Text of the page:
Financial confidence is a major driver in the shopping habit of consumers. When financial confidence increases, consumers spend more money, and when their financial confidence drops, they spend less. These are the findings from the latest study conducted by the Money Anxiety Index on the link between financial confidence and consumer consumption.
The study shows very strong correlation (.612) between the level of consumers’ financial anxiety and the level of consumer consumption. Moreover, the study shows that changes in the financial anxiety of people explain 37 percent of the changes in the level of spending, which means that there is a very strong and significant causal relation between the two events.
Also, there is no lag time between changes in financial anxiety and spending. Analysis shows high cross correlation (.597) between financial anxiety and consumer spending at the zero lag time, meaning that the two events occur within the same month. Thus, when consumers feel a change in their level of financial confidence, they react right away.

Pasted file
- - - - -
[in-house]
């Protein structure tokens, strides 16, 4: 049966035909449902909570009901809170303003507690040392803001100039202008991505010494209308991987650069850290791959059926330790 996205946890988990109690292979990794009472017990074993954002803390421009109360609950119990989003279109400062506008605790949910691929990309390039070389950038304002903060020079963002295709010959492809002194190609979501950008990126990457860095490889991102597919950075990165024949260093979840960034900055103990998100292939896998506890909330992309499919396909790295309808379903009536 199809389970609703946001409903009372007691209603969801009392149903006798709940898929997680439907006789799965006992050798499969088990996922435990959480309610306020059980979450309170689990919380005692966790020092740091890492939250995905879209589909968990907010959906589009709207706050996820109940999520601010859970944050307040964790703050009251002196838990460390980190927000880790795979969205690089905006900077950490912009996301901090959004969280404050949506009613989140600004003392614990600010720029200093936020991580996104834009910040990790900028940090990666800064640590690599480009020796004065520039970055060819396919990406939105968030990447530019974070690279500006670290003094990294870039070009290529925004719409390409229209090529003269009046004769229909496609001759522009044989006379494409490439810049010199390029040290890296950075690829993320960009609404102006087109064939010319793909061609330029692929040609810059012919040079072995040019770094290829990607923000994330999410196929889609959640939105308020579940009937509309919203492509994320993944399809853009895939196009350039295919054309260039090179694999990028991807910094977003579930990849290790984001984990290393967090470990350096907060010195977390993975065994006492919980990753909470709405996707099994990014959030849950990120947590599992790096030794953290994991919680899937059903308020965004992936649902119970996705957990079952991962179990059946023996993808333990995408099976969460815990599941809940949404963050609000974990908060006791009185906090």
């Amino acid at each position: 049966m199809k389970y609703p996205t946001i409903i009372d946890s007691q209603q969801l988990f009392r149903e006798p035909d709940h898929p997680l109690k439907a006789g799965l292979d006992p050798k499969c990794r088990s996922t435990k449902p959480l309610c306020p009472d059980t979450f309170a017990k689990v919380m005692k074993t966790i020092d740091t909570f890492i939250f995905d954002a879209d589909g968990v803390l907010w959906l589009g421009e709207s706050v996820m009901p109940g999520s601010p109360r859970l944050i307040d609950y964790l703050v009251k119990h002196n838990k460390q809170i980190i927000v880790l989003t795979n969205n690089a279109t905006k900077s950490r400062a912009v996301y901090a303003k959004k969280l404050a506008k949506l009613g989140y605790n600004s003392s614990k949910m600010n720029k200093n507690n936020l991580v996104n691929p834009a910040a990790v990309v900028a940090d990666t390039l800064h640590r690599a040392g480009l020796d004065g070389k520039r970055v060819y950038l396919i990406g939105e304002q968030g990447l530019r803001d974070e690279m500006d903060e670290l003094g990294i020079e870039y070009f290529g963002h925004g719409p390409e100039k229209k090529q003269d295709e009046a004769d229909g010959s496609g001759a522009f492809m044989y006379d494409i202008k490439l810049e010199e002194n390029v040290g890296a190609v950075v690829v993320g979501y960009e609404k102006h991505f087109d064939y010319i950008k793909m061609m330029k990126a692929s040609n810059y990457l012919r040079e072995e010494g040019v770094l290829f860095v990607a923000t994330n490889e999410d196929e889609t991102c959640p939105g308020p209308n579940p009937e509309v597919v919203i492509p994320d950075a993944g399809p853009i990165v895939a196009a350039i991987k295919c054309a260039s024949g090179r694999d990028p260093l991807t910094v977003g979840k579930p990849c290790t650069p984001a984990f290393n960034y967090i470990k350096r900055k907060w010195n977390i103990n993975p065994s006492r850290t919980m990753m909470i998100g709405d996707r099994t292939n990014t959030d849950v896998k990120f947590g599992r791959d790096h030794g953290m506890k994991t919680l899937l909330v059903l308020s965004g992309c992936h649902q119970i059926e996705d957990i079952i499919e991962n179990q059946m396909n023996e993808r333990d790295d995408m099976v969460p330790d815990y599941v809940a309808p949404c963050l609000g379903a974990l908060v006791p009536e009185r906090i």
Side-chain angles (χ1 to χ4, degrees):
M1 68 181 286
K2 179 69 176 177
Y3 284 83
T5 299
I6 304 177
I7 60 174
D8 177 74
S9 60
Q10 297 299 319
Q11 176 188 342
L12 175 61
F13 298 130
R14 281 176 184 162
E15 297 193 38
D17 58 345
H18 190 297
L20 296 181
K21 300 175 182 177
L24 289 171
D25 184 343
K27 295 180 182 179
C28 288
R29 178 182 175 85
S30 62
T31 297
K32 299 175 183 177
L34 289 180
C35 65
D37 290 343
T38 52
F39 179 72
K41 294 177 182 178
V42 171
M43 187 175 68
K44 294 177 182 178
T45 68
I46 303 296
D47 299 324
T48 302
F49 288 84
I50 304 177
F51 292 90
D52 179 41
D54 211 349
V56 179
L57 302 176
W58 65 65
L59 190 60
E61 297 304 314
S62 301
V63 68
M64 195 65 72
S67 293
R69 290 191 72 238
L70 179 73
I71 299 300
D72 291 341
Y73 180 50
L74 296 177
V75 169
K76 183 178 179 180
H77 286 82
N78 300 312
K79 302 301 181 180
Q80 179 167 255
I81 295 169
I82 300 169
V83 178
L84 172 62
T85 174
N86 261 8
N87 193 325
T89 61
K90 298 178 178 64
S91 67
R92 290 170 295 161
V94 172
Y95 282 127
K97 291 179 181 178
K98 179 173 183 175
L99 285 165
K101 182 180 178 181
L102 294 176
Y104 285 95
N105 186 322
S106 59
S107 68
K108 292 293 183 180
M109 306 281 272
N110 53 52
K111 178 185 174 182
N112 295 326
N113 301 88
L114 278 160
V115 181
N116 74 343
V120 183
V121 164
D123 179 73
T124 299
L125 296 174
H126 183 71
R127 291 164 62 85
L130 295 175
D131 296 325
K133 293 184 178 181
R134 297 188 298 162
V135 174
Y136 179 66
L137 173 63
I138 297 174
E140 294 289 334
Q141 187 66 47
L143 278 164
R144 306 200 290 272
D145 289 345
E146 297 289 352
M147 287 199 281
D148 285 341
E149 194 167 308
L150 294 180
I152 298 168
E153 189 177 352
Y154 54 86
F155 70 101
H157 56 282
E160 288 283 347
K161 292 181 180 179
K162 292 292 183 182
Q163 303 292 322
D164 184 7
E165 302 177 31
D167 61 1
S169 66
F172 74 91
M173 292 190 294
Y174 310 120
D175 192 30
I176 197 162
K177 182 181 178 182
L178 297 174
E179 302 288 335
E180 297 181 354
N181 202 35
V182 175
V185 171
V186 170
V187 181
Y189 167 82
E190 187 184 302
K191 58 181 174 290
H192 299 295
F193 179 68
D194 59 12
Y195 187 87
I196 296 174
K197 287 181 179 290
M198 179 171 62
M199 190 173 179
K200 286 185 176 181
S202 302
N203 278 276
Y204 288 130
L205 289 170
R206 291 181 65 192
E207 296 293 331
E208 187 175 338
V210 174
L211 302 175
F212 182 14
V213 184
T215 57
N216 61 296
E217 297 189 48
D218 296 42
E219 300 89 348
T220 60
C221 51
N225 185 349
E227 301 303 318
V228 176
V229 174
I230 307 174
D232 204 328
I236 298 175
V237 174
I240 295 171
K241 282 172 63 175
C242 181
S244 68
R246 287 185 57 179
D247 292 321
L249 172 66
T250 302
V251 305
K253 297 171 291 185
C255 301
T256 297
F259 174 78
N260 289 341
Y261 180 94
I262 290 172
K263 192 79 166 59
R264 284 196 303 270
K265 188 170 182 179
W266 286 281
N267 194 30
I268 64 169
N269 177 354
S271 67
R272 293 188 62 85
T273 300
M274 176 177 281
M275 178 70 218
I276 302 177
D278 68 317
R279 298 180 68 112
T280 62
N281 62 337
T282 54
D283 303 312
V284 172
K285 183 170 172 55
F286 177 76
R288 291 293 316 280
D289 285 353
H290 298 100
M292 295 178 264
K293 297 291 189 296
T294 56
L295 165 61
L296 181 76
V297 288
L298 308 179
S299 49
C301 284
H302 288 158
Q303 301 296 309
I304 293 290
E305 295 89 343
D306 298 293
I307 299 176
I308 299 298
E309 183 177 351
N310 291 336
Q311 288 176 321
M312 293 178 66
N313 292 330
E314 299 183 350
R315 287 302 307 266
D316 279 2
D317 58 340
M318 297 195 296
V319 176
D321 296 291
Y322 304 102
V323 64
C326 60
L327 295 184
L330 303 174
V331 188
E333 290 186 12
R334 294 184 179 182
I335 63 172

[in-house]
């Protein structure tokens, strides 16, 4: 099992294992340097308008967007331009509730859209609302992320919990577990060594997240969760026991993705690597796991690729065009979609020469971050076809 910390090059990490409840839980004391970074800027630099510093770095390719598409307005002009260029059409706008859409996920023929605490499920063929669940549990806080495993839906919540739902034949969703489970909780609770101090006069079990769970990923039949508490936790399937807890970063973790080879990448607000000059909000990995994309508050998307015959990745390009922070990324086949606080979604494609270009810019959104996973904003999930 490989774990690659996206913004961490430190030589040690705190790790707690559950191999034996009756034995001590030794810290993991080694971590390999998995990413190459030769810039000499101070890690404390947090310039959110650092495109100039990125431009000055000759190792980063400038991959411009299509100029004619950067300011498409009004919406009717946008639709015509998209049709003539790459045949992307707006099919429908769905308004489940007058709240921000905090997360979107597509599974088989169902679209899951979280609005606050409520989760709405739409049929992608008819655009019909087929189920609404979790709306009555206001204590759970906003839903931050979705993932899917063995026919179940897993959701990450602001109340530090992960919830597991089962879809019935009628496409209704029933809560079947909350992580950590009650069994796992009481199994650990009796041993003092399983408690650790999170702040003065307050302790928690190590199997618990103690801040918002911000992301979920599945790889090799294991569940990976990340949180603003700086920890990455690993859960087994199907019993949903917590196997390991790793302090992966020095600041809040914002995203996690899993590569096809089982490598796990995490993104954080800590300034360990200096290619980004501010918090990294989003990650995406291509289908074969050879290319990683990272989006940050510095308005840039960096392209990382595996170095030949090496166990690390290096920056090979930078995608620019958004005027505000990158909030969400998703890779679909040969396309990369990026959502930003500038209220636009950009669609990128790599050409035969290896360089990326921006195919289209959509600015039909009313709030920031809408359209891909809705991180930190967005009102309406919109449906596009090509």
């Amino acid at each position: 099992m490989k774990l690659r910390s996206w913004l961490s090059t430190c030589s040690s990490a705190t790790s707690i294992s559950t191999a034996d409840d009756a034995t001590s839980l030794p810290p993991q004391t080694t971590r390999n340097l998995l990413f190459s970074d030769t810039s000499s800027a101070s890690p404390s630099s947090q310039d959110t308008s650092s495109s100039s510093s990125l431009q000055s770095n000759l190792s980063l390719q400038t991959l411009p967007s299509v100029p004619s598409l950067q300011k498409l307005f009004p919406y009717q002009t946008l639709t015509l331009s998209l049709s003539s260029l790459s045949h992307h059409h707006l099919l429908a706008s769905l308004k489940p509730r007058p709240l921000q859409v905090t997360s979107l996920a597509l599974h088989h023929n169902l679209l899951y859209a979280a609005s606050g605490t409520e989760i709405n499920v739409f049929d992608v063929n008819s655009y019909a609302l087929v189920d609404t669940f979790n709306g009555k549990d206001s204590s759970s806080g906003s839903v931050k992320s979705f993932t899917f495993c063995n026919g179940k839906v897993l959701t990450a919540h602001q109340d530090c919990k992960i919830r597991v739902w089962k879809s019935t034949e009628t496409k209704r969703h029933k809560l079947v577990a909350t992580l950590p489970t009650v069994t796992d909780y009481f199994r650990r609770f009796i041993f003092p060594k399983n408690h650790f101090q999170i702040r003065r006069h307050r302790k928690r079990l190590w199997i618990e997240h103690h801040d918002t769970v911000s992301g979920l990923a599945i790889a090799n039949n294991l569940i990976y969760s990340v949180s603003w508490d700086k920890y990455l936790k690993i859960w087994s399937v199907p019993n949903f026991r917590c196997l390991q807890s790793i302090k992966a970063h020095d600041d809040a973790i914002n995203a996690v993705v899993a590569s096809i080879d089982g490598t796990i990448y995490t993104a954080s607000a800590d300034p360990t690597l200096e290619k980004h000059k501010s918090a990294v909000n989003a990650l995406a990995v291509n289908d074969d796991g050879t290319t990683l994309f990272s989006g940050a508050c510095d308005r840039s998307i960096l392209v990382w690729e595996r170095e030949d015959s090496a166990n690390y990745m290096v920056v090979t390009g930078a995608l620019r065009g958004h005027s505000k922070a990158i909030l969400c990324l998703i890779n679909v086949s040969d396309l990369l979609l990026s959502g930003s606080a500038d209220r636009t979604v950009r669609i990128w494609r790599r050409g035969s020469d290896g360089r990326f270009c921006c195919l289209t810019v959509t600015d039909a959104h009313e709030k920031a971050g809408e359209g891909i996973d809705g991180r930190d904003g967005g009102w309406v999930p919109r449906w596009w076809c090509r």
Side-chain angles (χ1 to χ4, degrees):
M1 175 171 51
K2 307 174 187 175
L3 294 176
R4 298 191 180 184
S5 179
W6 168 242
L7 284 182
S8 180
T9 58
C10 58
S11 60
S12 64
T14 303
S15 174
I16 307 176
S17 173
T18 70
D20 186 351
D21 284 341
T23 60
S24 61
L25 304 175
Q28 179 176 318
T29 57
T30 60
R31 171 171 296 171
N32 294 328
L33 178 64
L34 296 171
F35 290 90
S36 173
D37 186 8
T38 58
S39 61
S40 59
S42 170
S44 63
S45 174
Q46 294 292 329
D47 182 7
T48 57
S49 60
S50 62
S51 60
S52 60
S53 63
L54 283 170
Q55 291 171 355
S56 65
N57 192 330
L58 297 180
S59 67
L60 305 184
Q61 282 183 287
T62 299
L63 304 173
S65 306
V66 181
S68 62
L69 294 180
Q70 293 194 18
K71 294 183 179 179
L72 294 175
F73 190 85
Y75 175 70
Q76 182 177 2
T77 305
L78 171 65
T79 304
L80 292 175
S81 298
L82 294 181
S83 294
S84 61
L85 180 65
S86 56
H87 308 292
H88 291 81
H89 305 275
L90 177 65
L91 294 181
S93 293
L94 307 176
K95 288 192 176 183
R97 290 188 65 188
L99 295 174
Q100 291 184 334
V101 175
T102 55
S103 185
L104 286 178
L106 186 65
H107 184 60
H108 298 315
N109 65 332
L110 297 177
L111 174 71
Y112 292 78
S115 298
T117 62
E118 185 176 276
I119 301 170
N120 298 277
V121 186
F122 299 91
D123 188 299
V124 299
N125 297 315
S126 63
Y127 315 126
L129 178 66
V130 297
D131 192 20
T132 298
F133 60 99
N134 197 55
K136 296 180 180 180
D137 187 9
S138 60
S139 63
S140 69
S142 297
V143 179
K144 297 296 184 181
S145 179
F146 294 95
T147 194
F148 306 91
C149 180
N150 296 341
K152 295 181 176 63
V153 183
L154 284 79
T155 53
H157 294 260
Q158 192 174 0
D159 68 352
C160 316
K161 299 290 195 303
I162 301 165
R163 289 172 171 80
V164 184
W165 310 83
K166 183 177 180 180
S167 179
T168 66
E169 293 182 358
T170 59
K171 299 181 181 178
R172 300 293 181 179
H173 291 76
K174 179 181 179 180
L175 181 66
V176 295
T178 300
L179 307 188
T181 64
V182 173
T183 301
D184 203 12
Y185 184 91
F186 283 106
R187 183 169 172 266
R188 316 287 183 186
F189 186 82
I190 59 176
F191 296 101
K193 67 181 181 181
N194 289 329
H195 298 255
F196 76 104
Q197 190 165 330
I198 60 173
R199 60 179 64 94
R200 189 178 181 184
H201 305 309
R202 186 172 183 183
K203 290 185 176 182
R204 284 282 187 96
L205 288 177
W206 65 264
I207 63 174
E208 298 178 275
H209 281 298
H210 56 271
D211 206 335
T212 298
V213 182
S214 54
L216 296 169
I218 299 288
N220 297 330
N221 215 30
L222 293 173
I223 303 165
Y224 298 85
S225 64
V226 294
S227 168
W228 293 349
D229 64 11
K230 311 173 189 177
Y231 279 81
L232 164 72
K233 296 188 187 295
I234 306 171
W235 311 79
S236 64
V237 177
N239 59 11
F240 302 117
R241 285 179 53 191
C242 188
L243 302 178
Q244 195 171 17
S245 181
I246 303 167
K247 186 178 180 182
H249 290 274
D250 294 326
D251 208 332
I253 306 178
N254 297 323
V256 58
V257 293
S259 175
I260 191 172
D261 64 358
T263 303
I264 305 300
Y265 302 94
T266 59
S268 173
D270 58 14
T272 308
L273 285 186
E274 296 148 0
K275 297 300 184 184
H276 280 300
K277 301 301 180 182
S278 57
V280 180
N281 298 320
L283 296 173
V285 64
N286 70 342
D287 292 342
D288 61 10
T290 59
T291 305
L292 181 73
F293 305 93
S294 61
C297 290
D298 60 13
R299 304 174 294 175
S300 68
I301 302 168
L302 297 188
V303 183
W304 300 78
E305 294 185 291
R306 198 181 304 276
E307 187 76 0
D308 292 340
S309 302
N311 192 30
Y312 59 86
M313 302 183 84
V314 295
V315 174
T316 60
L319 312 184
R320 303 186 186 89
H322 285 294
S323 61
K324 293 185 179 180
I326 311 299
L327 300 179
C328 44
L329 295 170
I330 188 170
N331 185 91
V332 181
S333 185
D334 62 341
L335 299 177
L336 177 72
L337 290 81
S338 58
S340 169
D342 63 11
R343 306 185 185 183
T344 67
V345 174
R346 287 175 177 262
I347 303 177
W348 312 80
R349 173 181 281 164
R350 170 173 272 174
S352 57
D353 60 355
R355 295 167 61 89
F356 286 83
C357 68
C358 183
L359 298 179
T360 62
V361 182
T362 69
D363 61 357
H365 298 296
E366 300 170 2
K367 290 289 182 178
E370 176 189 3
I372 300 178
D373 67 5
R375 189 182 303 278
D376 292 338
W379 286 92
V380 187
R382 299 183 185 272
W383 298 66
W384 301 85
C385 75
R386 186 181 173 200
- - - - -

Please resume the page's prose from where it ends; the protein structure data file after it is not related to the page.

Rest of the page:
The study consists of monthly data of Personal Consumption Expenditure (PCE) from January 2000 to December of 2014, published by the U.S. Department of Commerce, and monthly data of the Money Anxiety Index over the same time period.
The Money Anxiety Index measures the level of consumers’ financial worry and stress based on their spending and savings pattern. Historically, the Money Anxiety Index fluctuated from a high of 135.3 during the recession of the early 1980s, to a low of 38.7 in the mid 1960s. The Money Anxiety Index is highly predictive. It signaled the arrival of the Great Recession over a year prior to the official declaration of the recession in December of 2007.
Dr. Dan Geller is a behavioral finance scientist exploring the link between the level of financial anxiety and the savings and spending habits of consumers. In his book, Money Anxiety, Dr. Geller uncovers the mystery of the financial mind, explaining why we hate to lose more than we love to win and why we spend when safe and save when scared.